Vaping-Related Deaths and Illness on the Rise

By: Elijah Carson
OwlFeed News Editor

Vaping has always been a very controversial topic, with people either for or against it. 

According to studies, there is a large number of supporters, with approximately 14 million vapers. There are 7 million who use e-cigarettes exclusively, where most believe that vaping is actually safer than real smoking. 

However, studies have shown that all smoking can affect you, even electrical. While there are people who still support vaping, its case wasn’t helped when multiple illnesses have been reported from it, then came the first death.

 Photo Credit: Elijah M. Carson

On August 23, a man in Illinois was reported to have died from vaping. Throughout the rest of the country, there were already 193 cases of illnesses reported from vaping from 22 different states. The next death happened around a couple of days later, where the second person died and the cause was also linked to vaping. Today, we have a total number of 12 different reports of death related to vaping. 

The states affected are California and Kansas, where two people had died, and in Florida, Georgia, Illinois, Indiana, Minnesota, Mississippi, Missouri and Oregon, where only one person from those states has died. In the cases, the age may vary from 17 to 61 years old. 

As of now, there is a total of 805 confirmed cases, located in as much as 38 states and in the U.S. Virgin Islands. Many believe that the cause of the illnesses and the deaths were by the chemicals, where researchers believe that they affect not only the lungs but the blood vessels. The three major components are nicotine, glycerin and propylene glycol. 

In recent news, it appears that vaping scandals have possibly even reached Agua Fria High School. During the week of September 9th, there was a total of two fire drills, where there were alleged claims that people were vaping in the bathroom that triggered the fire alarm. People believe this is true as the school’s response to the anti-vaping posters around the school as evidence of this.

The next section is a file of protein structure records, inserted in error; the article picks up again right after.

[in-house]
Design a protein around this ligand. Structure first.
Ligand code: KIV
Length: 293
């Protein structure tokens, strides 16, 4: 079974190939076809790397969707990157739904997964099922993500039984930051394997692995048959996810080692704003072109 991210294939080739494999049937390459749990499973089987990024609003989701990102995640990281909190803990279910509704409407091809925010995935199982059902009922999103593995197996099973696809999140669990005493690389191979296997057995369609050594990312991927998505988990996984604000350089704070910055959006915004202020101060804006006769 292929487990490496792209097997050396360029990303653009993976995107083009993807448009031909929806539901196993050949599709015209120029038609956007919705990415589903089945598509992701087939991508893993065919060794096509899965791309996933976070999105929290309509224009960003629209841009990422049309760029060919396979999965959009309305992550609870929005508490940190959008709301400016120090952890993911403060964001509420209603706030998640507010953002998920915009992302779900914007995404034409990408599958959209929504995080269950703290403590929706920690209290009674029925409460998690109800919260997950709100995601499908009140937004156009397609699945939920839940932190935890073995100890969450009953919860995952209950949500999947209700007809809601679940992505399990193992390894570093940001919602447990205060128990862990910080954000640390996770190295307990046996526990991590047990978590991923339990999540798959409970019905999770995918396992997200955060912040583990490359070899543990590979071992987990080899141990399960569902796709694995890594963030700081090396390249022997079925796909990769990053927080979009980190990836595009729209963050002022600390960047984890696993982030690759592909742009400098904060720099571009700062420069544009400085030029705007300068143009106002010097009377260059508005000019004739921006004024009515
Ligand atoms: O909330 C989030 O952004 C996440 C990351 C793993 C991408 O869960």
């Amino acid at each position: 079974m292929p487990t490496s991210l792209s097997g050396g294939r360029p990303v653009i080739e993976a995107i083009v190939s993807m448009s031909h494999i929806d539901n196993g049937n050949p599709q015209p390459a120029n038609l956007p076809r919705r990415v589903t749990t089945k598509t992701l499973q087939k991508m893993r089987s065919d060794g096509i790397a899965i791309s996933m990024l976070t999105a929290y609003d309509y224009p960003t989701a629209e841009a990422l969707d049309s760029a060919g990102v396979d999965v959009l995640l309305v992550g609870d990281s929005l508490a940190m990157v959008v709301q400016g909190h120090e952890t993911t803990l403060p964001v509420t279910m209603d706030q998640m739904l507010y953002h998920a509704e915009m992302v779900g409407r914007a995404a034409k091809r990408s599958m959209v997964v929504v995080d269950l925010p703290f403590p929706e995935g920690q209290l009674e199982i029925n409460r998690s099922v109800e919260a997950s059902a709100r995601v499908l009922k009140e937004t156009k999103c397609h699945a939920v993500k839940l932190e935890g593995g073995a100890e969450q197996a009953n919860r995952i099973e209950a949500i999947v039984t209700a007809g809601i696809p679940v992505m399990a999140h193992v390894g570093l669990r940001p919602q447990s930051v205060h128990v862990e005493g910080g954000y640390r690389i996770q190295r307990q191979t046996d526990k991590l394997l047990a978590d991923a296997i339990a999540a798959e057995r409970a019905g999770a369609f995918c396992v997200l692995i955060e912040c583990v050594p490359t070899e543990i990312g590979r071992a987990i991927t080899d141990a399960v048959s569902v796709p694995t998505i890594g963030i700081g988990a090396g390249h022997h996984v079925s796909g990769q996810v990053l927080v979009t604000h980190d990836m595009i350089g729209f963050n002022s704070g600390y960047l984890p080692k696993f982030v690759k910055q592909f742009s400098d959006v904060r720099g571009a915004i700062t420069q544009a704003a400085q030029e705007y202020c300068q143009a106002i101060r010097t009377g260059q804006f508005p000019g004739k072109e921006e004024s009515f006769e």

With all this in mind, it seems as if the government is tired of vaping-related deaths. Earlier in September, the Trump administration announced an idea of a possible ban on all non-tobacco e-cigarettes. After the news on the investigation continuing and the possible ban, the Juul CEO Kevin Burns decided to step down and has suspended all U.S. advertising for vaping. 

Juul also announced that their CEO replacement will be K.C. Crosthwaite, who stated in a press conference at Juul Headquarters in San Francisco, that there are “unacceptable levels of youth usage and eroding public confidence in our industry.”

As the investigation continues and the number of illnesses and deaths related to vaping continues, we‘ll now have to wait to see if the government decides to ban all non-tobacco cigarettes. 

Another question on the public’s mind worth mentioning is, when will these deaths end? Will they go out just as fast as they started, or will this be the new U.S. epidemic?